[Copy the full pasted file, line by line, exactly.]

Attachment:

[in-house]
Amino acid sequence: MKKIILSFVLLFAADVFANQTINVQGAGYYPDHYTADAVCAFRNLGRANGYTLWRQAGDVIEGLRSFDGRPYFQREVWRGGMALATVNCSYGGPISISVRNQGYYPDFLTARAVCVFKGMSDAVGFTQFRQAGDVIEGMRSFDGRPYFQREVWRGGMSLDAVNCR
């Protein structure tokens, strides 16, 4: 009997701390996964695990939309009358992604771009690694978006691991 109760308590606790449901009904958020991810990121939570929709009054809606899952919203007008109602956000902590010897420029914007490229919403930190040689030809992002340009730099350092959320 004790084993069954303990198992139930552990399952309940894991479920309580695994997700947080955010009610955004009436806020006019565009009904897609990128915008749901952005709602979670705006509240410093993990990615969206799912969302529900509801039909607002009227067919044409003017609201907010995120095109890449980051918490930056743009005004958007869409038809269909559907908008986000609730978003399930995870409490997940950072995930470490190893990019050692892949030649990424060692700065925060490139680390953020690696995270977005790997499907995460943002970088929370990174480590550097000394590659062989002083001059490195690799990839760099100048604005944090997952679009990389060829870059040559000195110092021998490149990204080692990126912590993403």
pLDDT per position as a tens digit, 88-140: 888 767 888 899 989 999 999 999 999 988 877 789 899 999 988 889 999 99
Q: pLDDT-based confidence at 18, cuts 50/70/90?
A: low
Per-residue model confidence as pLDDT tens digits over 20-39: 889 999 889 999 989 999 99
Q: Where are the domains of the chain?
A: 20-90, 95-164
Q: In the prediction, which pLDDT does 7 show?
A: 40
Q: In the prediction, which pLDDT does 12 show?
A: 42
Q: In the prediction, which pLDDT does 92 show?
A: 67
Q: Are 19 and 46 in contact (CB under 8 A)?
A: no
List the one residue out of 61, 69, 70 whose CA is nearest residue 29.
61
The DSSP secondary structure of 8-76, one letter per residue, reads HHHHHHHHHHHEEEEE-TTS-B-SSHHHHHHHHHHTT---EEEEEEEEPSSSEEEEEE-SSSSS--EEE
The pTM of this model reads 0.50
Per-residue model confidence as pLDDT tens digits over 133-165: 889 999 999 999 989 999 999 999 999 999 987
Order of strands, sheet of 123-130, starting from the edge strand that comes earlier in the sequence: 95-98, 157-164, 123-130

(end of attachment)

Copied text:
[in-house]
Amino acid sequence: MKKIILSFVLLFAADVFANQTINVQGAGYYPDHYTADAVCAFRNLGRANGYTLWRQAGDVIEGLRSFDGRPYFQREVWRGGMALATVNCSYGGPISISVRNQGYYPDFLTARAVCVFKGMSDAVGFTQFRQAGDVIEGMRSFDGRPYFQREVWRGGMSLDAVNCR
């Protein structure tokens, strides 16, 4: 009997701390996964695990939309009358992604771009690694978006691991 109760308590606790449901009904958020991810990121939570929709009054809606899952919203007008109602956000902590010897420029914007490229919403930190040689030809992002340009730099350092959320 004790084993069954303990198992139930552990399952309940894991479920309580695994997700947080955010009610955004009436806020006019565009009904897609990128915008749901952005709602979670705006509240410093993990990615969206799912969302529900509801039909607002009227067919044409003017609201907010995120095109890449980051918490930056743009005004958007869409038809269909559907908008986000609730978003399930995870409490997940950072995930470490190893990019050692892949030649990424060692700065925060490139680390953020690696995270977005790997499907995460943002970088929370990174480590550097000394590659062989002083001059490195690799990839760099100048604005944090997952679009990389060829870059040559000195110092021998490149990204080692990126912590993403």
pLDDT per position as a tens digit, 88-140: 888 767 888 899 989 999 999 999 999 988 877 789 899 999 988 889 999 99
Q: pLDDT-based confidence at 18, cuts 50/70/90?
A: low
Per-residue model confidence as pLDDT tens digits over 20-39: 889 999 889 999 989 999 99
Q: Where are the domains of the chain?
A: 20-90, 95-164
Q: In the prediction, which pLDDT does 7 show?
A: 40
Q: In the prediction, which pLDDT does 12 show?
A: 42
Q: In the prediction, which pLDDT does 92 show?
A: 67
Q: Are 19 and 46 in contact (CB under 8 A)?
A: no
List the one residue out of 61, 69, 70 whose CA is nearest residue 29.
61
The DSSP secondary structure of 8-76, one letter per residue, reads HHHHHHHHHHHEEEEE-TTS-B-SSHHHHHHHHHHTT---EEEEEEEEPSSSEEEEEE-SSSSS--EEE
The pTM of this model reads 0.50
Per-residue model confidence as pLDDT tens digits over 133-165: 889 999 999 999 989 999 999 999 999 999 987
Order of strands, sheet of 123-130, starting from the edge strand that comes earlier in the sequence: 95-98, 157-164, 123-130